March 7 is the feast of St Thomas Aquinas in the traditional calendar (it's January 28 in the new calendar).
Let's be blunt. St Thomas can appear a bit off-putting at first sight. The man who produced the monumental Summa Theologica. A man raised above earthly passions, always calm and logical. Admirable, of course, but not attractive.
Perhaps we can seek to humanize him. Born of an aristocratic family of knights in the middle of the middle ages, he was a classic absent minded professor. Invited to a feast by the king, he sat unmoved through the glittering occasion, the exquisite food, beautiful music, breathtaking jugglers, magnificent robes … Ignoring these delights, he meditated on a knotty philosophical problem until he had worked it out.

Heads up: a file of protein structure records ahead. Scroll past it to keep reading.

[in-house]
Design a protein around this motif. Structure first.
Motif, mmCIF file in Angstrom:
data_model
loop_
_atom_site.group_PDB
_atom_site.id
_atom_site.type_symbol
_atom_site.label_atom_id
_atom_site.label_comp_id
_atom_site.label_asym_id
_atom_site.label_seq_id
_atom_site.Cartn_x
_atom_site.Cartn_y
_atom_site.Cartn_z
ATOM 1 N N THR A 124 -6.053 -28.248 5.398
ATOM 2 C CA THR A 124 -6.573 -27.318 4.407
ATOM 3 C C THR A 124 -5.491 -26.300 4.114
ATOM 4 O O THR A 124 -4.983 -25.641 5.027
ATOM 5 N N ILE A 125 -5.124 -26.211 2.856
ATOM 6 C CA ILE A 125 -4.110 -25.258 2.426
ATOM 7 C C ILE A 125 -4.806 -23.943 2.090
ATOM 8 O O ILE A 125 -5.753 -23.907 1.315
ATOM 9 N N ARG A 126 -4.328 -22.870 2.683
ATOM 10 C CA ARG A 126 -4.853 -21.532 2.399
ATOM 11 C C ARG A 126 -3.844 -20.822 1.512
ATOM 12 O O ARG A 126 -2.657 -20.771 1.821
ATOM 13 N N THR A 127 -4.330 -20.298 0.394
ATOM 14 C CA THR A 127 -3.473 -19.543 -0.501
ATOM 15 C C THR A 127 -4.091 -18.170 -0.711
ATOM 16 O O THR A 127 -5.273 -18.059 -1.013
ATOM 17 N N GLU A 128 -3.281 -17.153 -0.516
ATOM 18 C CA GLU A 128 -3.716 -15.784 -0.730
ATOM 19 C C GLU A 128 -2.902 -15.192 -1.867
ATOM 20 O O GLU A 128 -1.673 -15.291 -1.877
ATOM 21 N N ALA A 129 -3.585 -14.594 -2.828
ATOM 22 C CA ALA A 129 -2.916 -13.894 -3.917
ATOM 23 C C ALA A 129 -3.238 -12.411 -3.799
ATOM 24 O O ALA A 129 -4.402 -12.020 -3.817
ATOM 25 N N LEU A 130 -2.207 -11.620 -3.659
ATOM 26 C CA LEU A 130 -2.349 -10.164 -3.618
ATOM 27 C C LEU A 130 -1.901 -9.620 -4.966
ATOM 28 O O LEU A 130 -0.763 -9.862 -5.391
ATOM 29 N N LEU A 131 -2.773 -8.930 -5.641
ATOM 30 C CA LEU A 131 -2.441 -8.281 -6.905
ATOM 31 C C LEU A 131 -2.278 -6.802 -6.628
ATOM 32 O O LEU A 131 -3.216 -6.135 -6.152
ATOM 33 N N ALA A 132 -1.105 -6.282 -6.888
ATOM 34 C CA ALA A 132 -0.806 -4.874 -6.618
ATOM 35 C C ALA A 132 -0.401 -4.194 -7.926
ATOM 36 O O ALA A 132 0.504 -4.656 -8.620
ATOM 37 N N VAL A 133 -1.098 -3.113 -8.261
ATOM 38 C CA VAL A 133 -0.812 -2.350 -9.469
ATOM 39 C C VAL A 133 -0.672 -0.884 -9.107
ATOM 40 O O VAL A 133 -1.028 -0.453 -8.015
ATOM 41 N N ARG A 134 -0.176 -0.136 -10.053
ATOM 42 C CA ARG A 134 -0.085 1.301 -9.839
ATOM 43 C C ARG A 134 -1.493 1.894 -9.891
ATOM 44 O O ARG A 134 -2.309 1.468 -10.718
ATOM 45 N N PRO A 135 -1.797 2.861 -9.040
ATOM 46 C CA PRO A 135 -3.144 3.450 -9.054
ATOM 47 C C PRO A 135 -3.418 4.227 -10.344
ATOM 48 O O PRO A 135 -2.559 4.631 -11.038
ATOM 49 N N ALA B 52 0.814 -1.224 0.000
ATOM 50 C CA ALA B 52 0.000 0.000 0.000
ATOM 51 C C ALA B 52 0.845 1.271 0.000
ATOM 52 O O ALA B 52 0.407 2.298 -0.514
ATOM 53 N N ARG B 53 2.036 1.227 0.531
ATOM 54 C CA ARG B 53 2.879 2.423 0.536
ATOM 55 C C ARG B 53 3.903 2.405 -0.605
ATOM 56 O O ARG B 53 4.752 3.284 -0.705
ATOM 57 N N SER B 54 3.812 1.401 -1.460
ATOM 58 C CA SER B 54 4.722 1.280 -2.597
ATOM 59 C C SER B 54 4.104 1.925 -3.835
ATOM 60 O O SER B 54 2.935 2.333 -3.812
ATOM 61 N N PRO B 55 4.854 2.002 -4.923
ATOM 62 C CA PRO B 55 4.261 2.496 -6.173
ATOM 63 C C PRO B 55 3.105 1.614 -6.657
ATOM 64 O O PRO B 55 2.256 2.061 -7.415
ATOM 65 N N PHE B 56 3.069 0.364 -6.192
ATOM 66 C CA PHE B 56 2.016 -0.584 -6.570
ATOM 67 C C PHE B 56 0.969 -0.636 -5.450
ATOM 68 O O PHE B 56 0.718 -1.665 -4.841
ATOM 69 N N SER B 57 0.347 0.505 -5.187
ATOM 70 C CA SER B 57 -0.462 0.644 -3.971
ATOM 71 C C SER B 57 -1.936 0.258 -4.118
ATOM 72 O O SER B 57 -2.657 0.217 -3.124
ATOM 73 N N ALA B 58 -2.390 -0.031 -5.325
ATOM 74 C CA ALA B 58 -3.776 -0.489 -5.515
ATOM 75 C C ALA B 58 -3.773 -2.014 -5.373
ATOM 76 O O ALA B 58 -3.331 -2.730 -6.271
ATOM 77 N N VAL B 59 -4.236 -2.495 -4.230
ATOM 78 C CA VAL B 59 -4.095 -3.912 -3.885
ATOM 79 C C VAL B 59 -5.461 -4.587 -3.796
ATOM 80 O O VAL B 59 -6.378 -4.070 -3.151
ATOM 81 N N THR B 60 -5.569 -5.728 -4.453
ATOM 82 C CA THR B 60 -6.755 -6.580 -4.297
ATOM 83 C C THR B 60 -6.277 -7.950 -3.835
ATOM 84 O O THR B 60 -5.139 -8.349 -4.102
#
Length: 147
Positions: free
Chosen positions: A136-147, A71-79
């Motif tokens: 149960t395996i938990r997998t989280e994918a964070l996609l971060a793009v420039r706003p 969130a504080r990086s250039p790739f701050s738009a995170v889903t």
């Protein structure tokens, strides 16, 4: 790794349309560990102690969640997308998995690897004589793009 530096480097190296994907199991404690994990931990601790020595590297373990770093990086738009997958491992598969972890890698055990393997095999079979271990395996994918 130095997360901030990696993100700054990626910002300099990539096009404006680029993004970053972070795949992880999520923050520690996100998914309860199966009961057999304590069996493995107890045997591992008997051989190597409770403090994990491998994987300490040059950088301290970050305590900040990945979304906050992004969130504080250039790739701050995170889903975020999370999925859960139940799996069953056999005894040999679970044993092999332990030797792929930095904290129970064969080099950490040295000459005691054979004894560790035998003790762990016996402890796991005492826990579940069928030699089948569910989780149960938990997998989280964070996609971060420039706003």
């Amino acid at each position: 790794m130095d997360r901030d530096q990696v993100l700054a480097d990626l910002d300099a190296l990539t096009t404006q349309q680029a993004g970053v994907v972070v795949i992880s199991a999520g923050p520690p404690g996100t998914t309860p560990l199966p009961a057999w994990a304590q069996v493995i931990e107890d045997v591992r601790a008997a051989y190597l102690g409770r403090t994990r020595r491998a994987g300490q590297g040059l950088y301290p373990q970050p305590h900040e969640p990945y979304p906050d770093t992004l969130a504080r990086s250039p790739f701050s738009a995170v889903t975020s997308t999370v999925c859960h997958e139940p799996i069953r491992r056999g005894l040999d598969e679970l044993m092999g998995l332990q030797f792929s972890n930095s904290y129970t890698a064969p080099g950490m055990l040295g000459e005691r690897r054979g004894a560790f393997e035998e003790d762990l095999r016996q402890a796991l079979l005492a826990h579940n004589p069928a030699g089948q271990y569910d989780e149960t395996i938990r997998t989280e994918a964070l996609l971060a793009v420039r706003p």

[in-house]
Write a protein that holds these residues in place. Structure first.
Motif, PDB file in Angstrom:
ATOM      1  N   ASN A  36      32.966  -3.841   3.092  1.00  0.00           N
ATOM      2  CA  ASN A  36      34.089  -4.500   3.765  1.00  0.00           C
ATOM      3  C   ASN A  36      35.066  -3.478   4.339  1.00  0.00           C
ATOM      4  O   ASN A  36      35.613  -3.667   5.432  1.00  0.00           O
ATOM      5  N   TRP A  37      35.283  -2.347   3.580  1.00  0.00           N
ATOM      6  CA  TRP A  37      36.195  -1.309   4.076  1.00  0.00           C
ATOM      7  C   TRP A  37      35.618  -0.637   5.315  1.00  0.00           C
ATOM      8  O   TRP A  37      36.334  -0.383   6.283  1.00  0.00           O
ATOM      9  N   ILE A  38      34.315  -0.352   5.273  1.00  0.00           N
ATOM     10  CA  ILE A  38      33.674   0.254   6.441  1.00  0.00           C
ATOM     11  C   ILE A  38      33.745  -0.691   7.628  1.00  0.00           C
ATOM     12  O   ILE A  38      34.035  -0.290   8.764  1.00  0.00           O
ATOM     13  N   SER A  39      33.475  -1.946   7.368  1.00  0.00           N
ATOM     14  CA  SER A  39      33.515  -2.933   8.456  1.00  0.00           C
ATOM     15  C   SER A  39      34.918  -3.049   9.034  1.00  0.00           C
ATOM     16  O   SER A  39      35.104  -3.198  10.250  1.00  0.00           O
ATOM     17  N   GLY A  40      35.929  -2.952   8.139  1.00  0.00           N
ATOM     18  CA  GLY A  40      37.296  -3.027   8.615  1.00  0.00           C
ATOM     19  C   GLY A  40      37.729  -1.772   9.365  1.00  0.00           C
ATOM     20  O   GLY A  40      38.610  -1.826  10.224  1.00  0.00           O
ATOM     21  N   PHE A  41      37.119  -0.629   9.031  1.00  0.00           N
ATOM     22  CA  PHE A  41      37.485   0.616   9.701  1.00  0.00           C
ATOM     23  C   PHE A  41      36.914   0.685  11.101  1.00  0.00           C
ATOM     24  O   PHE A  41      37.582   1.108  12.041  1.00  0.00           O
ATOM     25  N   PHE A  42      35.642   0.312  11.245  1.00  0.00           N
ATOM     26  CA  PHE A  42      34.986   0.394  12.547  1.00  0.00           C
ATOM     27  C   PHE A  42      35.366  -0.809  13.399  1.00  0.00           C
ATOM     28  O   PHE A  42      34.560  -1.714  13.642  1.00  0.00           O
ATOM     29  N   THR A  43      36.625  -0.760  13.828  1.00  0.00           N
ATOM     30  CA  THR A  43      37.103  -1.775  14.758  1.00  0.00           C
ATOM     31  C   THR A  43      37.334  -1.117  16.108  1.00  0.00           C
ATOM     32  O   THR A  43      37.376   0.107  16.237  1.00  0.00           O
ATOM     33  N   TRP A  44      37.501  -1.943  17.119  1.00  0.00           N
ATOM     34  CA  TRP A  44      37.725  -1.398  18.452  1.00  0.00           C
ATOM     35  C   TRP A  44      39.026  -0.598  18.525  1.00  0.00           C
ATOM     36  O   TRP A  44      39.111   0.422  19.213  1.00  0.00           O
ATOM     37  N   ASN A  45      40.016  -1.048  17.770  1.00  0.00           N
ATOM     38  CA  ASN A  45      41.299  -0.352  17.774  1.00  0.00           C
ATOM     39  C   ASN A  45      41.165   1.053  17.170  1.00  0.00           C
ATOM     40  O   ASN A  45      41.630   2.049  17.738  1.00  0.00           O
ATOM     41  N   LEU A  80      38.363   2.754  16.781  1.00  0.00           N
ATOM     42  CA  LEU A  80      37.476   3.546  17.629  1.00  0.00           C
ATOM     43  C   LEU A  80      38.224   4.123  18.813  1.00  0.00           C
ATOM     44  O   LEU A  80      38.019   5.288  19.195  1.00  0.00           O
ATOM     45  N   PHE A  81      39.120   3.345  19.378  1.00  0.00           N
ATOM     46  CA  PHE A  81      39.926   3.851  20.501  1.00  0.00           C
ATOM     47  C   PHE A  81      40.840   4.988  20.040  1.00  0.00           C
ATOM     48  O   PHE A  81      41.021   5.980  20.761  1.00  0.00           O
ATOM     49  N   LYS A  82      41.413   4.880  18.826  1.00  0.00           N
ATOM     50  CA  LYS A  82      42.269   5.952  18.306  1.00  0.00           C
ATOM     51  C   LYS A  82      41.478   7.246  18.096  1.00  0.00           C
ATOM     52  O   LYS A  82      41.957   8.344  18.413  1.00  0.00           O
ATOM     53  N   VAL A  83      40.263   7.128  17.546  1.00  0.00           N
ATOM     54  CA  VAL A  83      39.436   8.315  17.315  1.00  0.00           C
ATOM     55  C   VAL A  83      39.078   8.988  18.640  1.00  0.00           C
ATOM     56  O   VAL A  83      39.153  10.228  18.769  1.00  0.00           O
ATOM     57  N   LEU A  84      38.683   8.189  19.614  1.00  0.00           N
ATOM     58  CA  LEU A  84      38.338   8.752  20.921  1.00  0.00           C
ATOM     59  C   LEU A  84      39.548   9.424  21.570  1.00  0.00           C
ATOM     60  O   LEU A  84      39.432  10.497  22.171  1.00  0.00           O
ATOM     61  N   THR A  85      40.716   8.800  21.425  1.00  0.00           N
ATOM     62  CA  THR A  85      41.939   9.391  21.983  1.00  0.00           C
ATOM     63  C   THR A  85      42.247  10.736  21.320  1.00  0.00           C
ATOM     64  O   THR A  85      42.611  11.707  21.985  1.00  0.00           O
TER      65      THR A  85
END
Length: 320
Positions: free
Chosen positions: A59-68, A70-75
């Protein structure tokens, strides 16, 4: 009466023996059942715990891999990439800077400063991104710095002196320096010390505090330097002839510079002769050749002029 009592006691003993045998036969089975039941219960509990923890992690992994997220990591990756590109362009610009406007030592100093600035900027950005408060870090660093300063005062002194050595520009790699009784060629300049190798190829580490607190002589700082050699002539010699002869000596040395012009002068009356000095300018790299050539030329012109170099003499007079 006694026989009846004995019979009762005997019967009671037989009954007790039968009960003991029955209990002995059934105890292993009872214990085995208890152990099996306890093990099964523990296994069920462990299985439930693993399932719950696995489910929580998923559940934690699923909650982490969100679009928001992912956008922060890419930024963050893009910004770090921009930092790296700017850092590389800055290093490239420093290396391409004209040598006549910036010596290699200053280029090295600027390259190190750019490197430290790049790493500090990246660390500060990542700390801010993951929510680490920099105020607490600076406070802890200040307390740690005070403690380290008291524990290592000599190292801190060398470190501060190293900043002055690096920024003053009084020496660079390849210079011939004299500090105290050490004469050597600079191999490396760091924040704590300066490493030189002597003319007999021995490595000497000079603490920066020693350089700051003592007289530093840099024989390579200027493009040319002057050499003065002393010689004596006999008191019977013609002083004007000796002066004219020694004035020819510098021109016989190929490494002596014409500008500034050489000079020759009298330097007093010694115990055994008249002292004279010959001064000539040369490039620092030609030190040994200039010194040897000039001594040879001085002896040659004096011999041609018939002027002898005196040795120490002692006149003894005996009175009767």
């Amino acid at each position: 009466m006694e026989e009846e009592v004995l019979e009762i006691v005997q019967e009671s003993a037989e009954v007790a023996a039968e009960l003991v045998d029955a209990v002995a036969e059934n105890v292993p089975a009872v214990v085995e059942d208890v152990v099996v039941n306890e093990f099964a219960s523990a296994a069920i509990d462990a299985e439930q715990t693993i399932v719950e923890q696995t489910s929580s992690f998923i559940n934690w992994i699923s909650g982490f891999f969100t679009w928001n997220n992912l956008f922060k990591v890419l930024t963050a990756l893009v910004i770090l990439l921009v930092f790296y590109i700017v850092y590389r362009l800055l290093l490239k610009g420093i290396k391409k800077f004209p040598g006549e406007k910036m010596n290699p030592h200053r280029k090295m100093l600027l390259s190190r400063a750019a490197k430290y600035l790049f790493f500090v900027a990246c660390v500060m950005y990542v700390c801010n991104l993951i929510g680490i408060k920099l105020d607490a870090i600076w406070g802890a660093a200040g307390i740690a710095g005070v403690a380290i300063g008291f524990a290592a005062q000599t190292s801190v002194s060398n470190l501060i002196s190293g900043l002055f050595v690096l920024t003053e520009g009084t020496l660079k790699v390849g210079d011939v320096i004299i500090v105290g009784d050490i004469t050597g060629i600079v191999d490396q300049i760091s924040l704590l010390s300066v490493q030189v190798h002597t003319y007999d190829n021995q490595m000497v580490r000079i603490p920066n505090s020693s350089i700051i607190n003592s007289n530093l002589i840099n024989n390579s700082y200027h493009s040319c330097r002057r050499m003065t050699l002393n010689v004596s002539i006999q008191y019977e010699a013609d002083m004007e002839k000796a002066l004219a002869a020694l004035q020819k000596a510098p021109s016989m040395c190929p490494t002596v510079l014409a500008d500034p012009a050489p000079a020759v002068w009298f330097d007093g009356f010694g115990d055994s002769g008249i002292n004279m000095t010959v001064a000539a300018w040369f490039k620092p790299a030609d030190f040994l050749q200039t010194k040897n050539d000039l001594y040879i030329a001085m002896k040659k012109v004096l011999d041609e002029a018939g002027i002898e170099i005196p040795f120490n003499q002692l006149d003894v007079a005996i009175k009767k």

(The pattern persists, of course. A scientist sat silent all through a dinner with distinguished foreign guests. Afterwards, washing the dishes with his wife, he announced the secret. “I have solved the heat transfer problem!” And went on to win a Nobel Prize.)
All this is true but it’s not the whole truth. The central truth about today's saint is that he was also a passionate man of prayer. Yes, during the day he used his left brain to meditate on the Faith. And in the evening, he would pray passionately about these truths into the early morning. A great saint, his sole desire was to know and follow Christ.
St Thomas, pray for us.